Supermarket recycling scheme
The British Retail Consortium has today confirmed plans regarding its supermarket recycling scheme which will see the plastic used for bread bags, cereal liners and to connect cans in the multipacks collected by all supermarkets across the UK. When you consider that this particular supply of plastic equates to around 645,000 tonnes a year, or 43% of all plastic household waste in the UK, there is massive scope for a reduction in UK plastic landfill figures.
This scheme has been on the backburner for some time now as many of the UK supermarkets were unwilling to commit due to potential cost issues. However, an agreement has now been reached with regards to a new scheme named the On Pack Recycling Label which will be introduced to supermarkets in the UK in the short to medium term. There is no doubt that when you bear in mind the figures in question this will have a major impact upon the UK government’s recycling statistics and recycling rates.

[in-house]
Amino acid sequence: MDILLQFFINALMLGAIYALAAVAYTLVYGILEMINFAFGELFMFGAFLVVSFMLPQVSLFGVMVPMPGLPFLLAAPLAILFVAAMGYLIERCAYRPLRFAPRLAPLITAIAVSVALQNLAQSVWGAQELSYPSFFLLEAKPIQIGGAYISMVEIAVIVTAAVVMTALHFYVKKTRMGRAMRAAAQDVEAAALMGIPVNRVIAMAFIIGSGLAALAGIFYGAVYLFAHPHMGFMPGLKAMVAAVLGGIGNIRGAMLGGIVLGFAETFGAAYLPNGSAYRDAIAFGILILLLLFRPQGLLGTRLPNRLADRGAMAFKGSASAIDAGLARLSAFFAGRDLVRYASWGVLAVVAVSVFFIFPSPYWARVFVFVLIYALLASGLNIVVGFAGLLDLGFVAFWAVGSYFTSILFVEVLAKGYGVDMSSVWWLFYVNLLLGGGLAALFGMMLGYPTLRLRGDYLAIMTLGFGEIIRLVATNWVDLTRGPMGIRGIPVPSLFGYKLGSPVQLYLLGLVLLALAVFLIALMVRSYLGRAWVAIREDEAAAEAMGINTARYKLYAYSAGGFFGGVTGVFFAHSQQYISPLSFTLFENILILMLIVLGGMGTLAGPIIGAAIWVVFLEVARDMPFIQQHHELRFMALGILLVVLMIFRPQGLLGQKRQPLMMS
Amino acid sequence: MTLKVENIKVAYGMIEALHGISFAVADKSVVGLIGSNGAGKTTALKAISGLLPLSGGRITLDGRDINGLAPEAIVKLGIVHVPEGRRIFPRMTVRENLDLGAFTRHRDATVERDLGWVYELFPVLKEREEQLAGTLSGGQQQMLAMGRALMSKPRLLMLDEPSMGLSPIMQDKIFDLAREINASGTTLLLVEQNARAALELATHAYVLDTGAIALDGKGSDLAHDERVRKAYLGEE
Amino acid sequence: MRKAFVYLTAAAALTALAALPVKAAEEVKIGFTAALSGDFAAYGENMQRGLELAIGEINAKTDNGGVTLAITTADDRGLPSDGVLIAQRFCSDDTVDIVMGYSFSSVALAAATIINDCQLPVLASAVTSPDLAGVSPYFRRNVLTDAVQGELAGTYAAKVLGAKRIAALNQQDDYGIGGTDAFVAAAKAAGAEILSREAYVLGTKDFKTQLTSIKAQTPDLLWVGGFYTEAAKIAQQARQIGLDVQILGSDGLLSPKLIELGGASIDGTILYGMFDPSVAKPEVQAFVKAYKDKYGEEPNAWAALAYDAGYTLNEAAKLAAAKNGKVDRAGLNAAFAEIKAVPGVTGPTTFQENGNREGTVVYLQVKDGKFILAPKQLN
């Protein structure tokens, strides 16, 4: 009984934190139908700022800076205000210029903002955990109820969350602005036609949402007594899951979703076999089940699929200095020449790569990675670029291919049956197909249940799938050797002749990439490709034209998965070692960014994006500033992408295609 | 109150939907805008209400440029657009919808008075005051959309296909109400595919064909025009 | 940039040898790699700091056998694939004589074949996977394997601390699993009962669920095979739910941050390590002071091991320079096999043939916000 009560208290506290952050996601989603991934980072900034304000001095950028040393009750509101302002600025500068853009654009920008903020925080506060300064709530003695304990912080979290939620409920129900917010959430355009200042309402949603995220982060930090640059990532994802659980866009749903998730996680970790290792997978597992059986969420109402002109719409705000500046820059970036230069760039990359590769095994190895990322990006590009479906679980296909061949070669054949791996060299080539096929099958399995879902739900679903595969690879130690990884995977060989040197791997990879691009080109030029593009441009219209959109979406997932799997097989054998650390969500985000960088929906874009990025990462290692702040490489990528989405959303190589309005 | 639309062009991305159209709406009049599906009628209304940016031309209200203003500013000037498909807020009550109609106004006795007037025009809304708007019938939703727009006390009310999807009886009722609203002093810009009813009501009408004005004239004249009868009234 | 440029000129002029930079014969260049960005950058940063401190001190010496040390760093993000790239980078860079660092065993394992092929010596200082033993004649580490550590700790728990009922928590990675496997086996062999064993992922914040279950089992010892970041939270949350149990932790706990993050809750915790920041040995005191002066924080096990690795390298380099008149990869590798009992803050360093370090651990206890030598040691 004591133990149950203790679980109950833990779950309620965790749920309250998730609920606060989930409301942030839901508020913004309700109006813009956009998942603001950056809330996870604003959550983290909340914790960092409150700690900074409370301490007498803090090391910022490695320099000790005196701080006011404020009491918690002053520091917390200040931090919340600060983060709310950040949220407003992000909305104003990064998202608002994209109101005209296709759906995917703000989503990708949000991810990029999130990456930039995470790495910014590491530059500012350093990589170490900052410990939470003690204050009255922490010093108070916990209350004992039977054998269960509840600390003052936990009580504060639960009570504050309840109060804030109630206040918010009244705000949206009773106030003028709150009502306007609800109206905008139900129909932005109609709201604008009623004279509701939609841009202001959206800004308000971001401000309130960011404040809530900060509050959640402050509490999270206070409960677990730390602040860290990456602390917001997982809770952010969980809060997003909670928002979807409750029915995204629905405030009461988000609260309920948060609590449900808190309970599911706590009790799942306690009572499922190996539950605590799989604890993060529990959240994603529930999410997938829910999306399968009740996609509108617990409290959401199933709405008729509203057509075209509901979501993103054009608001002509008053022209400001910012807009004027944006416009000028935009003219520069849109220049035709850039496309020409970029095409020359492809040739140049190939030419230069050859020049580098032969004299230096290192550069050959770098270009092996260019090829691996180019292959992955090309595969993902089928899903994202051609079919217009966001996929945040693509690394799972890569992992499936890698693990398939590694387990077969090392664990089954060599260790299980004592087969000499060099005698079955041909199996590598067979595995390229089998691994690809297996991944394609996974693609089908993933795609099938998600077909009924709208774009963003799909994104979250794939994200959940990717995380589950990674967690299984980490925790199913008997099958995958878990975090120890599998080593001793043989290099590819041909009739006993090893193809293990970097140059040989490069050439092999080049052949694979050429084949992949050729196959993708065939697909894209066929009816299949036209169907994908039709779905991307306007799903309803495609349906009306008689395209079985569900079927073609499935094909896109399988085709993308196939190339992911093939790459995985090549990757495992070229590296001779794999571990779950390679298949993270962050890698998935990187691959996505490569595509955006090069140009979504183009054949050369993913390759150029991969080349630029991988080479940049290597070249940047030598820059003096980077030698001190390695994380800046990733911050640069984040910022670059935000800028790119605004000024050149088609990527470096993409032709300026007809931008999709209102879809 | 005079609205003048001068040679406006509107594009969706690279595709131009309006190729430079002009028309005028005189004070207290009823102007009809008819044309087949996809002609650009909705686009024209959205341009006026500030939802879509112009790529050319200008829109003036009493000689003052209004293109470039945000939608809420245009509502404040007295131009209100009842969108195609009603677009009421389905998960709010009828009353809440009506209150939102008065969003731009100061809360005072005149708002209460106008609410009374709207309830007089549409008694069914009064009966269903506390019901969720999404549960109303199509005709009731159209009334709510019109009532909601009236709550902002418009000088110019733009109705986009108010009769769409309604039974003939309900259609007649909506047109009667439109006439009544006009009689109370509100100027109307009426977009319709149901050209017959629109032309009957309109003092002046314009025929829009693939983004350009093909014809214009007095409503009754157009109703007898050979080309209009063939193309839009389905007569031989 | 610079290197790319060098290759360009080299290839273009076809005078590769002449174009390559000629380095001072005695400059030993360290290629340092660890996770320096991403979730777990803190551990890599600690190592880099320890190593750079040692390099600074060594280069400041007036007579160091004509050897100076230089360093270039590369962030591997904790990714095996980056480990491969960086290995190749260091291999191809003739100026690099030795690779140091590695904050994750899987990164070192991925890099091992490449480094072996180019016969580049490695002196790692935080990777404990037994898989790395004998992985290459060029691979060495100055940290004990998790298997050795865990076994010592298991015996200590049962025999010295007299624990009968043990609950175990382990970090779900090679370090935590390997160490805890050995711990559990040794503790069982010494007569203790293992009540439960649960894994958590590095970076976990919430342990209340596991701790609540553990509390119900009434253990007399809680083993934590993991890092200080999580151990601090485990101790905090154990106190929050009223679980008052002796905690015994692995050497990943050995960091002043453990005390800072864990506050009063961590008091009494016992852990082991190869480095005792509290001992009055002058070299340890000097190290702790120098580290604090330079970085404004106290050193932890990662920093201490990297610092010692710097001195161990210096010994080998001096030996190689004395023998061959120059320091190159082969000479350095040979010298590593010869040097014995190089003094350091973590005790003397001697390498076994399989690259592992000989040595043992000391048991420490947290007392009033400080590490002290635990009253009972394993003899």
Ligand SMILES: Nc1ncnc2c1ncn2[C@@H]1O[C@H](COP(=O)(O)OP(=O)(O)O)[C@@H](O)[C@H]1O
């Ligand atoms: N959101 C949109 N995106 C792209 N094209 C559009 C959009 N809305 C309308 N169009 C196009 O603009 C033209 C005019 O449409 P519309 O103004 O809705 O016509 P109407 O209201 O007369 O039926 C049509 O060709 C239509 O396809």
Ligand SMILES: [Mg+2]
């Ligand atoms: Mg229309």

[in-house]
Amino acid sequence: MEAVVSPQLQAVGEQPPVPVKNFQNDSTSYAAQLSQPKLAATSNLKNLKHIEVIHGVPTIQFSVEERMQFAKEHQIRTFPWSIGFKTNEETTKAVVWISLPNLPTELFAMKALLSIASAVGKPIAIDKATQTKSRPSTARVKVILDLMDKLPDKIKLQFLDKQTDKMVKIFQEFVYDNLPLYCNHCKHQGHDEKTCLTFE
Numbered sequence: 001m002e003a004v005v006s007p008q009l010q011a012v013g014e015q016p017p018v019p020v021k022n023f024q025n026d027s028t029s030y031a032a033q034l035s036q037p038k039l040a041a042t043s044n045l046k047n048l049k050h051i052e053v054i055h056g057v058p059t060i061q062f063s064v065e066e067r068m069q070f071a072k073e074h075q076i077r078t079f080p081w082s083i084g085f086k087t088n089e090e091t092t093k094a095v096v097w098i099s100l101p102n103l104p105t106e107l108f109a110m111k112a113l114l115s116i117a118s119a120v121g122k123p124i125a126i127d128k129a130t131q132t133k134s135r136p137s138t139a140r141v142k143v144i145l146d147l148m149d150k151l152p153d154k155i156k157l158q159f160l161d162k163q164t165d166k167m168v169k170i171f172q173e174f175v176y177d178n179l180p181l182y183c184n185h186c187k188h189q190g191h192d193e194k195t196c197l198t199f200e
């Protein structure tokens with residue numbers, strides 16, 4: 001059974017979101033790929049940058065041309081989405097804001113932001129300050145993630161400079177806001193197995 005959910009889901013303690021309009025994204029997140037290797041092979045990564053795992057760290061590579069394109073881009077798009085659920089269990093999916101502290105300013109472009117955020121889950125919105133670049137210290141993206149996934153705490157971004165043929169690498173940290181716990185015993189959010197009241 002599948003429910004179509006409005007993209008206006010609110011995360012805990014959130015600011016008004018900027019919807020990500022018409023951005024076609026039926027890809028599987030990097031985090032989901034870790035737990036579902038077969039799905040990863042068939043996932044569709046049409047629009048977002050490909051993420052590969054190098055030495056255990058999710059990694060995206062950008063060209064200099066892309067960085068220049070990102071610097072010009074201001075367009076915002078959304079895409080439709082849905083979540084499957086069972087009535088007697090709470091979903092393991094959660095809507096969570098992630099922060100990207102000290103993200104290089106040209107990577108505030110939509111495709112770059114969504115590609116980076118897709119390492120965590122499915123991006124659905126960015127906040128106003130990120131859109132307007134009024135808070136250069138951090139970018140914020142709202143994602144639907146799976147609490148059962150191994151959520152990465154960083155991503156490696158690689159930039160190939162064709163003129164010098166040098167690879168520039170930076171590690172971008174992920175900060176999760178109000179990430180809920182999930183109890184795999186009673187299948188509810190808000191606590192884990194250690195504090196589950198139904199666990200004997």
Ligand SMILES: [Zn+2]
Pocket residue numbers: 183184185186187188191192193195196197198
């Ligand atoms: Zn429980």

For many years now there has been a bone of contention between consumers, the government and the supermarkets in the UK over who should foot the bill for recycling costs. It seems that supermarkets are now more willing than ever to take their fair share of the “blame” with regards to the UK landfill issue and recycling rates. It will be interesting to see how successful this particular scheme will be!